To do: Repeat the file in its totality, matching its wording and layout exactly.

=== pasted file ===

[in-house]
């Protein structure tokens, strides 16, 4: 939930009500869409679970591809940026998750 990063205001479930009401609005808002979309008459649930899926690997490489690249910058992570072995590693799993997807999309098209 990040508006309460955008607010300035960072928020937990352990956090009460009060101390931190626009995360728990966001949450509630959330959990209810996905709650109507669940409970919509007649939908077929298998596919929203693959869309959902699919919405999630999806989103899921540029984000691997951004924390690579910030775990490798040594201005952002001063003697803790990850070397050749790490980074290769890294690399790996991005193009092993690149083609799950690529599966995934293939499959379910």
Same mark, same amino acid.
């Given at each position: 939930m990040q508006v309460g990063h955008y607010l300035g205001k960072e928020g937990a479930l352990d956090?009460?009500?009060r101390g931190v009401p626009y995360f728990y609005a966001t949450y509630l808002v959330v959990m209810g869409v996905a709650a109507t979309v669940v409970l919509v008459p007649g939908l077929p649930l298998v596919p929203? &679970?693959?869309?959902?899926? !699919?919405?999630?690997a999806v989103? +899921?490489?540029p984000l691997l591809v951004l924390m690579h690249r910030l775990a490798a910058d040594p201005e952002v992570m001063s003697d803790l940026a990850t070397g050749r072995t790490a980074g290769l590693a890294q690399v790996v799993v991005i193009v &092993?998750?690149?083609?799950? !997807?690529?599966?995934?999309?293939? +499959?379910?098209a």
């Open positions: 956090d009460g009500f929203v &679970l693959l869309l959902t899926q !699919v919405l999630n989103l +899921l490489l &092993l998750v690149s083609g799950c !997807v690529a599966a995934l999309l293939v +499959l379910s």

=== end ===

[in-house]
């Protein structure tokens, strides 16, 4: 939930009500869409679970591809940026998750 990063205001479930009401609005808002979309008459649930899926690997490489690249910058992570072995590693799993997807999309098209 990040508006309460955008607010300035960072928020937990352990956090009460009060101390931190626009995360728990966001949450509630959330959990209810996905709650109507669940409970919509007649939908077929298998596919929203693959869309959902699919919405999630999806989103899921540029984000691997951004924390690579910030775990490798040594201005952002001063003697803790990850070397050749790490980074290769890294690399790996991005193009092993690149083609799950690529599966995934293939499959379910």
Same mark, same amino acid.
């Given at each position: 939930m990040q508006v309460g990063h955008y607010l300035g205001k960072e928020g937990a479930l352990d956090?009460?009500?009060r101390g931190v009401p626009y995360f728990y609005a966001t949450y509630l808002v959330v959990m209810g869409v996905a709650a109507t979309v669940v409970l919509v008459p007649g939908l077929p649930l298998v596919p929203? &679970?693959?869309?959902?899926? !699919?919405?999630?690997a999806v989103? +899921?490489?540029p984000l691997l591809v951004l924390m690579h690249r910030l775990a490798a910058d040594p201005e952002v992570m001063s003697d803790l940026a990850t070397g050749r072995t790490a980074g290769l590693a890294q690399v790996v799993v991005i193009v &092993?998750?690149?083609?799950? !997807?690529?599966?995934?999309?293939? +499959?379910?098209a």
């Open positions: 956090d009460g009500f929203v &679970l693959l869309l959902t899926q !699919v919405l999630n989103l +899921l490489l &092993l998750v690149s083609g799950c !997807v690529a599966a995934l999309l293939v +499959l379910s």